It is important to remember that this is not a “Goddess movement.” This is a movement for all persons, regardless of their religion. But even in our diversity of beliefs, one common value among Pagans is that balance is essential to life. We do not, however, exist in a balanced age. Occupy is meant to restore a balance that has been lost—both economically and ecologically. One of many objectives of the movement is to call attention to the fact that corporations have for years broken environmental laws and blocked green energy initiatives: (http://www.nycga.net/resources/declaration/) This in itself is sufficient enough reason for Pagans to contribute to this effort in some way. At the November 17th march across the Brooklyn Bridge, an illuminated message on the side of the Verizon tower stated “Occupy Earth.” For decades, Pagans have spoken about reclaiming Earth. The Occupy movement may just be the socially active opportunity to do that.

Pagan Chaplaincy and the Occupy movement is also providing a unique opportunity for us to continue to show ourselves as a productive and legitimate faith community. Over the last few decades, countless Pagans have come forward with important blogs and websites and numerous Pride days dot the country festivals every year with the similar desire to present ourselves as “just like everyone else.” But where our desires for acceptance really shine is in connecting with members of other faiths over common goals. Getting to know us not just under the guise of “That Pagan Person” but “Friend and Ally—and also Pagan” is a huge step toward making our voices heard and our practices respected. Divisions melt away under the pressure-cooker goal of making a difference.

Priests and Priestesses, everywhere: Find your local General Assembly. Attend a Working Group session. Holding vigils and rituals are great—but they’re not enough. Talk to the people. Listen to the people. Find them blankets when they’re cold, food when they’re hungry, medics when they need them. Be a witness and share what you’ve seen and heard. Let us join our brothers and sisters of all faiths in making a difference in our communities, our country and our world. So mote it be!!!

Mary’s Story:

My involvement as a Wiccan Chaplain in OWS began when a call for chaplains went out on a private list. I decided to go down and help. The reasons behind it were many yet the solitary reason that prompted me into action is the pure fact that religion has hijacked our government and has produced policies that are discriminatory and marginalizing. For years, Wiccans and Pagans alike have always embraced all colors, creeds and genders long before it became fashionable. Most of us recognize that all creatures that live and breathe on this planet are the Goddess’s children. She is about unity of all living creatures working in harmony. I also knew that I had an obligation as a spiritual person, given I live in New York City, to come out of the underground and by example portray that religion and spirituality is all inclusive of everyone.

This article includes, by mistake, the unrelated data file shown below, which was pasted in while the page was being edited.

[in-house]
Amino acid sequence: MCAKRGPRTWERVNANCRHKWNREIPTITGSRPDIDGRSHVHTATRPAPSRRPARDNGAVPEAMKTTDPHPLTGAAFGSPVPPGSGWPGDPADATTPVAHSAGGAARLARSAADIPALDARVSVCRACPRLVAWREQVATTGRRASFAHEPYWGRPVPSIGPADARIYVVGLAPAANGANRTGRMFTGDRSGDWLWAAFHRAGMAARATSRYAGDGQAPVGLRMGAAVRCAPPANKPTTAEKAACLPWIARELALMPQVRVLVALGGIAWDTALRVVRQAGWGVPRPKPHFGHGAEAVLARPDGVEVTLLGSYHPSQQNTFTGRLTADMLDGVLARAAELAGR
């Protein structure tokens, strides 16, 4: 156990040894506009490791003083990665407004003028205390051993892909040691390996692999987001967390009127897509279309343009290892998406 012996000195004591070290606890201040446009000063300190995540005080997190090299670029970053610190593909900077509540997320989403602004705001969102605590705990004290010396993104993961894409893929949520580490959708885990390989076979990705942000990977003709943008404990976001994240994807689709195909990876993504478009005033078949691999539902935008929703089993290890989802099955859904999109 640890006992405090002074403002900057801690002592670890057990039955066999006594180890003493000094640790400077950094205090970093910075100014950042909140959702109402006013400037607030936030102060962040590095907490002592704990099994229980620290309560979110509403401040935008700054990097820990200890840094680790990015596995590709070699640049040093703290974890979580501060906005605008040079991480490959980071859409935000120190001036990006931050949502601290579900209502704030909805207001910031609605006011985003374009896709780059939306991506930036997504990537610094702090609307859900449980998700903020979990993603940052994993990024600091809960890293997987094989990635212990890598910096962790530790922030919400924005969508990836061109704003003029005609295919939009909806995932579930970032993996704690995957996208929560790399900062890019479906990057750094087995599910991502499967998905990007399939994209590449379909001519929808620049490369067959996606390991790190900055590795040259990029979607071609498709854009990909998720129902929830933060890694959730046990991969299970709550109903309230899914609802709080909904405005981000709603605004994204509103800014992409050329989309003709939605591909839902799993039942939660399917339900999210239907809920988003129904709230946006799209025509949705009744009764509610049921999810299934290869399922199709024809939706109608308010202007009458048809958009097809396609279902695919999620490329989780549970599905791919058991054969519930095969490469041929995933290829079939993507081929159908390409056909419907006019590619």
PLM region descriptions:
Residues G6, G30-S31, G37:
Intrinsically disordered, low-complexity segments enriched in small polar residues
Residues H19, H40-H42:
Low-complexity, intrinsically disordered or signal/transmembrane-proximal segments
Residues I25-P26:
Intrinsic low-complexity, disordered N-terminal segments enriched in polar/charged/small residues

On the fated day that I reported to the Medical Tent to volunteer, I was put to work in 30 seconds. I was called to de-escalate a serious situation involving a protestor who felt marginalized due to her emotional difficulties. Mental diseases have such a stigma in this society that a lot of those with these illnesses feel out of place in the greater whole. From that day forward, I built a very close working relationship with the staff of the OWS Medical staff. It was through my on-going relationships to the Medical staff that I learned that I was the first Chaplain to ever volunteer with them. It was comforting to them that I was not biased in any way. Although this surprised me, in reality it did not given the nature of what has been done within the last 10 plus years in the name of religion, god and theology. My work however has not been overtly spiritual, as I chose to work strictly through humanitarian efforts. I never bring deity into the equation when I am counseling a protestor or calming down those who are stressed. I feel if I work from my heart and a place of empathy, the gods are already present. As a result of my observations of the movement and the general feeling of religion; it prompted me along with Courtney Weber, Janet Farrar and Gavin Bone to draft a Chaplain Code of Conduct. It was presented to the medical and support working groups as proposal and passed. Since then I was asked by other Occupies around the country for the Chaplain Code of Conduct that we wrote so that it may be used as a model.